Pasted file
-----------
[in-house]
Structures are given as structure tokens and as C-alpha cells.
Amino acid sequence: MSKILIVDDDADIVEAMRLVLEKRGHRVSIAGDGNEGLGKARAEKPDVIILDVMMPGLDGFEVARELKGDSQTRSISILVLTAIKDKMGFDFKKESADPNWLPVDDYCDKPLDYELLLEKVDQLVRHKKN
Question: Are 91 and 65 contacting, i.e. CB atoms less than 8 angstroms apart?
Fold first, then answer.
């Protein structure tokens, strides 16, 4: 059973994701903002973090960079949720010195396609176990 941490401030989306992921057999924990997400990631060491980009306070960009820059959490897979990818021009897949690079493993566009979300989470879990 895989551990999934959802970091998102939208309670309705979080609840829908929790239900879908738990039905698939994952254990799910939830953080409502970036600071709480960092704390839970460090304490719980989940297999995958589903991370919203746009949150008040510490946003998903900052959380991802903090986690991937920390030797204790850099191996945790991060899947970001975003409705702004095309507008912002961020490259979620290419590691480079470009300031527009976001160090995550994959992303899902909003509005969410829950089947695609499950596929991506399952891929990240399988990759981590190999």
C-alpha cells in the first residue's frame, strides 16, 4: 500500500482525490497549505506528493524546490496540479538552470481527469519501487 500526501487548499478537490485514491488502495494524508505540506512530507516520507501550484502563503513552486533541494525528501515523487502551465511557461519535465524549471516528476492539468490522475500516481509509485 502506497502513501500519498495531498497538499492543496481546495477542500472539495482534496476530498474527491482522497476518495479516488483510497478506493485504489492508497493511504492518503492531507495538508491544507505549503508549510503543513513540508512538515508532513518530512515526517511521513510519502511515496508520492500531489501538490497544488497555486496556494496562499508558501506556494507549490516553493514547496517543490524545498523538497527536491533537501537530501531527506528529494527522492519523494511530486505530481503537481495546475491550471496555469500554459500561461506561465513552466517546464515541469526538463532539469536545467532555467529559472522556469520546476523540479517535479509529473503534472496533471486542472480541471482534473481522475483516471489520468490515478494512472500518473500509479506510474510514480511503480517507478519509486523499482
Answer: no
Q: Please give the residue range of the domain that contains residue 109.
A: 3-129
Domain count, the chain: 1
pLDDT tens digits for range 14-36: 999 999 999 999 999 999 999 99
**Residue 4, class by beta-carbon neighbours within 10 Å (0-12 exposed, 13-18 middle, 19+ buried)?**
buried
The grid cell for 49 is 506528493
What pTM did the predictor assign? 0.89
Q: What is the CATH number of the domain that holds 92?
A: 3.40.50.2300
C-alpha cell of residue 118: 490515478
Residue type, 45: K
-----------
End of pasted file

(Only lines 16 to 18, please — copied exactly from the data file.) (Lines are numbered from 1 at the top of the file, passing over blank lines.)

What pTM did the predictor assign? 0.89
Q: What is the CATH number of the domain that holds 92?
A: 3.40.50.2300